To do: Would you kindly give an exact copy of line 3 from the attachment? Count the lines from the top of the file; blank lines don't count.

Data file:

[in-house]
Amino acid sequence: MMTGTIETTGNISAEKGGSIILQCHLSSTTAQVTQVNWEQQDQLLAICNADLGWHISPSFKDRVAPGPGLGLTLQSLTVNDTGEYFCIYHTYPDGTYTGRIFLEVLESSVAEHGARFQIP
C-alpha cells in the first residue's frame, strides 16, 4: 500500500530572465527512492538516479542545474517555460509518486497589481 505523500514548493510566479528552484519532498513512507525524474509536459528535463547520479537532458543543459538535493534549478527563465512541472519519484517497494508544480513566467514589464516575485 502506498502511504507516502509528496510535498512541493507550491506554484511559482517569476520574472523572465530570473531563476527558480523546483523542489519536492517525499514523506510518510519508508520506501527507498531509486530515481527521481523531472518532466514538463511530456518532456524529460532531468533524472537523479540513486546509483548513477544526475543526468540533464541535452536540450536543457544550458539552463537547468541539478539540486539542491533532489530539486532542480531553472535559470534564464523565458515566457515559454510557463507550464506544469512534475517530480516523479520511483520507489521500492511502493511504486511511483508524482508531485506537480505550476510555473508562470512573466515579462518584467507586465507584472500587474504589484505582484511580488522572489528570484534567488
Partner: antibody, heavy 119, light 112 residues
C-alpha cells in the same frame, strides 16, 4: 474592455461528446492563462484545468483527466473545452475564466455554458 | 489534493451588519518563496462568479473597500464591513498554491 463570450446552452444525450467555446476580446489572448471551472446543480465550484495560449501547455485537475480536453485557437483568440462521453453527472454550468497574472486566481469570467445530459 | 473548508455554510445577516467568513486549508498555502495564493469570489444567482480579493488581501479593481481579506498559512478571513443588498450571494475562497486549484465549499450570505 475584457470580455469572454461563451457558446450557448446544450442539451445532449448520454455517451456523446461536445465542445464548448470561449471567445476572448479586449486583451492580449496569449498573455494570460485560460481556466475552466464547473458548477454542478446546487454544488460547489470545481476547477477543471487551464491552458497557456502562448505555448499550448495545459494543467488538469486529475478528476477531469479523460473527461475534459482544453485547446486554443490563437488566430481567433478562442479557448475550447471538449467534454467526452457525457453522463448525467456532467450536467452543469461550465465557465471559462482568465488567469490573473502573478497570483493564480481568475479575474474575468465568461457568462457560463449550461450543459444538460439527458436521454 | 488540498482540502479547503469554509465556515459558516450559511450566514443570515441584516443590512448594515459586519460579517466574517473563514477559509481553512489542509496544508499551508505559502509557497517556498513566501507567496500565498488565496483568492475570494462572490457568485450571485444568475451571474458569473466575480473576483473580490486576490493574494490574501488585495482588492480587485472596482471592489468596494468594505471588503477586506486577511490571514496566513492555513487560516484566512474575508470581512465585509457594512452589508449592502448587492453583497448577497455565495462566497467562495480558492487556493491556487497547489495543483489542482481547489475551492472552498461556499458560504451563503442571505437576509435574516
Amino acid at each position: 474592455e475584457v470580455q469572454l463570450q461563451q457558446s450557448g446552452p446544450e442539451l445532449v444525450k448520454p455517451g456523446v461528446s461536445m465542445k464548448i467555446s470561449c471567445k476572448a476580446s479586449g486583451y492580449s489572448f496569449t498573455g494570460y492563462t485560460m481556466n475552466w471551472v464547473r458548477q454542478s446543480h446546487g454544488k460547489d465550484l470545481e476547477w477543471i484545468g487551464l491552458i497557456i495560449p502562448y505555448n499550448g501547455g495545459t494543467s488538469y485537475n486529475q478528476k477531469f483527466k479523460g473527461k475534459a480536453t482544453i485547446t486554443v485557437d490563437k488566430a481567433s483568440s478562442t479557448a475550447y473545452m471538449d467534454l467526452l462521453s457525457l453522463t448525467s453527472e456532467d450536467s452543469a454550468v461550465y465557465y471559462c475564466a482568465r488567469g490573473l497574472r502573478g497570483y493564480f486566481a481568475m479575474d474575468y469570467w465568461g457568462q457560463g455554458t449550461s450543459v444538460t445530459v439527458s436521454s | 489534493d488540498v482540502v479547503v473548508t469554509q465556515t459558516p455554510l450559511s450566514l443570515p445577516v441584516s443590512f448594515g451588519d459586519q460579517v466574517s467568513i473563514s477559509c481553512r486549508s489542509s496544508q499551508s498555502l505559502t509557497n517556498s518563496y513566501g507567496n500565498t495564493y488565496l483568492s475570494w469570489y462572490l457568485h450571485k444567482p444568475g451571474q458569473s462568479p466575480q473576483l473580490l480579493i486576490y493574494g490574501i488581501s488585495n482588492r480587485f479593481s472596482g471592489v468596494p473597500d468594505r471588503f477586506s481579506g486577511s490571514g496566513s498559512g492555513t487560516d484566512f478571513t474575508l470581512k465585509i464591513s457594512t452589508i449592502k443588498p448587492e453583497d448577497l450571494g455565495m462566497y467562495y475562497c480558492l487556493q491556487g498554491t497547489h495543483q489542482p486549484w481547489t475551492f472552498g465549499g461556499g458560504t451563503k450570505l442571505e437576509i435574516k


C-alpha cells in the first residue's frame, strides 16, 4: 500500500530572465527512492538516479542545474517555460509518486497589481 505523500514548493510566479528552484519532498513512507525524474509536459528535463547520479537532458543543459538535493534549478527563465512541472519519484517497494508544480513566467514589464516575485 502506498502511504507516502509528496510535498512541493507550491506554484511559482517569476520574472523572465530570473531563476527558480523546483523542489519536492517525499514523506510518510519508508520506501527507498531509486530515481527521481523531472518532466514538463511530456518532456524529460532531468533524472537523479540513486546509483548513477544526475543526468540533464541535452536540450536543457544550458539552463537547468541539478539540486539542491533532489530539486532542480531553472535559470534564464523565458515566457515559454510557463507550464506544469512534475517530480516523479520511483520507489521500492511502493511504486511511483508524482508531485506537480505550476510555473508562470512573466515579462518584467507586465507584472500587474504589484505582484511580488522572489528570484534567488